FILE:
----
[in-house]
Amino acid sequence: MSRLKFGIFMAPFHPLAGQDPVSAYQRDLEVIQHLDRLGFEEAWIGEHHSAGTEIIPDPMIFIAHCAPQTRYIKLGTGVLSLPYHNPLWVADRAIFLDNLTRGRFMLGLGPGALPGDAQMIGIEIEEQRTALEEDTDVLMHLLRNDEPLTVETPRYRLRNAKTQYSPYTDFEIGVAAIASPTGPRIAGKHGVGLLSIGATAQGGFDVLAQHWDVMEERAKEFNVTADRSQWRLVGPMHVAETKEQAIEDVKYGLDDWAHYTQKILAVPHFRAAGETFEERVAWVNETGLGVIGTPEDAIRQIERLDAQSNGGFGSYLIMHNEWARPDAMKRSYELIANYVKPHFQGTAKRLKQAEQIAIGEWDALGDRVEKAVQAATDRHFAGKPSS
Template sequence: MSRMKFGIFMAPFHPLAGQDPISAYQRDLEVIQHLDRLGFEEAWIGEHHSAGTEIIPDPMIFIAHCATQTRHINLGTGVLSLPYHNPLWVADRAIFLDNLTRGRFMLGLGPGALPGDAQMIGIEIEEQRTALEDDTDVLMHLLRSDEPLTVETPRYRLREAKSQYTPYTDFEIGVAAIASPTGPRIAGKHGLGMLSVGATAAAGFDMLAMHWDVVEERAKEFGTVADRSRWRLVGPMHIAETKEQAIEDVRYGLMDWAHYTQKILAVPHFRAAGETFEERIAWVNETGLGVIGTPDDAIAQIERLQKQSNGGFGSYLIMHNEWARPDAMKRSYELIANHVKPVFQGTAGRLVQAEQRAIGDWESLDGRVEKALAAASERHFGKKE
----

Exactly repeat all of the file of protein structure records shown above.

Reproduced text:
[in-house]
Amino acid sequence: MSRLKFGIFMAPFHPLAGQDPVSAYQRDLEVIQHLDRLGFEEAWIGEHHSAGTEIIPDPMIFIAHCAPQTRYIKLGTGVLSLPYHNPLWVADRAIFLDNLTRGRFMLGLGPGALPGDAQMIGIEIEEQRTALEEDTDVLMHLLRNDEPLTVETPRYRLRNAKTQYSPYTDFEIGVAAIASPTGPRIAGKHGVGLLSIGATAQGGFDVLAQHWDVMEERAKEFNVTADRSQWRLVGPMHVAETKEQAIEDVKYGLDDWAHYTQKILAVPHFRAAGETFEERVAWVNETGLGVIGTPEDAIRQIERLDAQSNGGFGSYLIMHNEWARPDAMKRSYELIANYVKPHFQGTAKRLKQAEQIAIGEWDALGDRVEKAVQAATDRHFAGKPSS
Template sequence: MSRMKFGIFMAPFHPLAGQDPISAYQRDLEVIQHLDRLGFEEAWIGEHHSAGTEIIPDPMIFIAHCATQTRHINLGTGVLSLPYHNPLWVADRAIFLDNLTRGRFMLGLGPGALPGDAQMIGIEIEEQRTALEDDTDVLMHLLRSDEPLTVETPRYRLREAKSQYTPYTDFEIGVAAIASPTGPRIAGKHGLGMLSVGATAAAGFDMLAMHWDVVEERAKEFGTVADRSRWRLVGPMHIAETKEQAIEDVRYGLMDWAHYTQKILAVPHFRAAGETFEERIAWVNETGLGVIGTPDDAIAQIERLQKQSNGGFGSYLIMHNEWARPDAMKRSYELIANHVKPVFQGTAGRLVQAEQRAIGDWESLDGRVEKALAAASERHFGKKE